I was excited about going to Knoxville but I didn't want to get my hopes up. What if it fell through? What if they didn't like me? Oh, my God! What if nobody came to hear me? Maybe we'd better forget about it. And I did. I flew on out to Cleveland to make enough money to be able to go to Knoxville. And Cleveland was beautiful. A girl named Pat and her policeman friend couldn't have been any nicer. And he was an intelligent cop. I got the feeling I was going to have a good weekend. Then my mother met me at the Cincinnati airport, where I had to change over, and had coffee with me and had liked my last television appearance. Then they called my flight, and on to Knoxville. When we were growing up Knoxville didn't have television, let alone an airport. It finally got TV but the airport is in Alcoa. And is now called Tyson Field. Right? Small towns are funny. Knoxville even has a zip code and seven-digit phone numbers. All of which seems strange to me since I mostly remember Mrs. Flora Ford's white cake with white icing and Miss Delaney's blue furs and Armetine Picket's being the sharpest woman in town -- she attended our church -- and Miss Brooks wearing tight sweaters and Carter-Roberts Drug Store sending out Modern Jazz Quartet sounds of "Fontessa" and my introduction to Nina Simone by David Cherry, dropping a nickel in the jukebox and "Porgy" coming out. I mostly remember Vine Street, which I was not allowed to walk to get to school, though Grandmother didn't want me to take Paine Street either because Jay Manning lived on it and he was home from the army and very beautiful with his Black face and two dimples. Not that I was going to do anything, because I didn't do anything enough even to think in terms of not doing anything, but according to small-town logic "It looks bad."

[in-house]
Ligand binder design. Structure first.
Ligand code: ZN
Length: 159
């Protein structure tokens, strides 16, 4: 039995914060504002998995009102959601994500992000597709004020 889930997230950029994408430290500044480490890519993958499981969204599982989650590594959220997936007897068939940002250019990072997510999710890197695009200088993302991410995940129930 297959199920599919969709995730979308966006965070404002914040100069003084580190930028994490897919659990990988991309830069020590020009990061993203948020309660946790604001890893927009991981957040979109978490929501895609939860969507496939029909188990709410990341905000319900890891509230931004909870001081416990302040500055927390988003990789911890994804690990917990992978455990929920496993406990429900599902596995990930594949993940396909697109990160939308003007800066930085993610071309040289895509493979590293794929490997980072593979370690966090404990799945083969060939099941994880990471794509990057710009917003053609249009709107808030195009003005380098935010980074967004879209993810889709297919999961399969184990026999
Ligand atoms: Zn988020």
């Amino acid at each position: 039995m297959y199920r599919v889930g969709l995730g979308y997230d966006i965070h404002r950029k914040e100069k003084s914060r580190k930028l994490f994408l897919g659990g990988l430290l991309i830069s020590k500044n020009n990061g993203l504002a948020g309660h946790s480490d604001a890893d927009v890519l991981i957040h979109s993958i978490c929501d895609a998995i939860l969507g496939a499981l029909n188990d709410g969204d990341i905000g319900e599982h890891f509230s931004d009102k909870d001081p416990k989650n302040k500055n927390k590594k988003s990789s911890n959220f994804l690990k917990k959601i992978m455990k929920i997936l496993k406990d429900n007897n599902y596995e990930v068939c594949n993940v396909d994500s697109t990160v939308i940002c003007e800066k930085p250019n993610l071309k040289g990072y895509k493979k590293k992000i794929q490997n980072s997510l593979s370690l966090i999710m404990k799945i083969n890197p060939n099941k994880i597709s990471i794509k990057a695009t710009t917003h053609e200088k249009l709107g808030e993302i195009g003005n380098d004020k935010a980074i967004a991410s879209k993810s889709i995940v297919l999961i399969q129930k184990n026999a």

The Gem Theatre was on the corner of Vine and a street that runs parallel to the creek, and for 10 cents you could sit all day and see a double feature, five cartoons and two serials plus previews for the next two weeks. And I remember Frankie Lennon would come in with her gang and sit behind me and I wanted to say, "Hi. Can I sit with you?" but thought they were too snooty, and they, I found out later, thought I was too Northern and stuck-up. All of that is gone now. Something called progress killed my grandmother.

Mulvaney Street looked like a camel's back with both humps bulging -- up and down -- and we lived in the down part. At the top of the left hill a lady made ice balls and would mix the flavors for you for just a nickel. Across the street from her was the Negro center, where the guys played indoor basketball and the little kids went for stories and nap time. Down in the valley part were the tennis courts, the creek, the bulk of the park and the beginning of the right hill. To enter or leave the street you went either up or down. I used to think of it as a fort, especially when it snowed, and the enemy would always try to sneak through the underbrush nurtured by the creek and through the park trees, but we always spotted strangers and dealt. As you came down the left hill the houses were up on its side; then people got regular flat front yards; then the right hill started and ran all the way into Vine and Mulvaney was gone and the big apartment building didn't have a yard at all.

Grandmother and Grandpapa had lived at 400 since they'd left Georgia. And Mommy had been a baby there and Anto and Aunt Agnes were born there ...